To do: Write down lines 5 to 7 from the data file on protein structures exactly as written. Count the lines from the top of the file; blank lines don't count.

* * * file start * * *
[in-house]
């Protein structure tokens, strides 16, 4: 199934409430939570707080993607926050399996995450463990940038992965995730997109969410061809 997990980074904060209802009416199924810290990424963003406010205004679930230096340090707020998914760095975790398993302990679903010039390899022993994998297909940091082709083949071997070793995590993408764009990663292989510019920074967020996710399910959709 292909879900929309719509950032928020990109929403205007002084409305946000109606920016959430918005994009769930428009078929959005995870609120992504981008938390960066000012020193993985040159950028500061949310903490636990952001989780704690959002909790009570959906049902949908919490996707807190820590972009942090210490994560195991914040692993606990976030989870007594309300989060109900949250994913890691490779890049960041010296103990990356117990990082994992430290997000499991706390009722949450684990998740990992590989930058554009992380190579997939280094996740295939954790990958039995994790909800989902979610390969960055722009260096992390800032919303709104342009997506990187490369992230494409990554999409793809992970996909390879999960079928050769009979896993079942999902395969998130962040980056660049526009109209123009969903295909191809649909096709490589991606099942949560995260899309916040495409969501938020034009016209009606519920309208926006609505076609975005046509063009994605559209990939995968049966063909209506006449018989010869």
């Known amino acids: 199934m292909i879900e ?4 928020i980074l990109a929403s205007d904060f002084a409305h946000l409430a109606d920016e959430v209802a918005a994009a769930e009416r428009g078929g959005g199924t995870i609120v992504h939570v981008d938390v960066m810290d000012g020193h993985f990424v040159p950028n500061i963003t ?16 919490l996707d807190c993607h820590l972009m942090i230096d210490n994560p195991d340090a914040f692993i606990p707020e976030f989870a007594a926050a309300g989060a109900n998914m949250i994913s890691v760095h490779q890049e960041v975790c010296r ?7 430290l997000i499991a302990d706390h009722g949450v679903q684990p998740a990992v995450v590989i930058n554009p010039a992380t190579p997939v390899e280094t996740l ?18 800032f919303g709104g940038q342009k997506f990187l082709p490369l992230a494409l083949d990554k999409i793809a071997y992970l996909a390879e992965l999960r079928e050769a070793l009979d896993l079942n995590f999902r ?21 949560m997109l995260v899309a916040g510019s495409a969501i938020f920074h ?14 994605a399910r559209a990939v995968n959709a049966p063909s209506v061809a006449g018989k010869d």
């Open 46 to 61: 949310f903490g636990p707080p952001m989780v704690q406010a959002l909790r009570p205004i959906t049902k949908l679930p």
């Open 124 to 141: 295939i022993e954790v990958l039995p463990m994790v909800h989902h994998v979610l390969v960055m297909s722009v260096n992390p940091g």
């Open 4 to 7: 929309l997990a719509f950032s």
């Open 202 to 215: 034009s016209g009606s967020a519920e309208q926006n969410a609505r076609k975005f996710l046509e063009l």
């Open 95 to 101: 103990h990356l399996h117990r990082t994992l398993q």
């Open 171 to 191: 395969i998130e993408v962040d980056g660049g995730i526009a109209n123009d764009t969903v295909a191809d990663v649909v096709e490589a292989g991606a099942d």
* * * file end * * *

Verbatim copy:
């Open 124 to 141: 295939i022993e954790v990958l039995p463990m994790v909800h989902h994998v979610l390969v960055m297909s722009v260096n992390p940091g």
């Open 4 to 7: 929309l997990a719509f950032s």
């Open 202 to 215: 034009s016209g009606s967020a519920e309208q926006n969410a609505r076609k975005f996710l046509e063009l």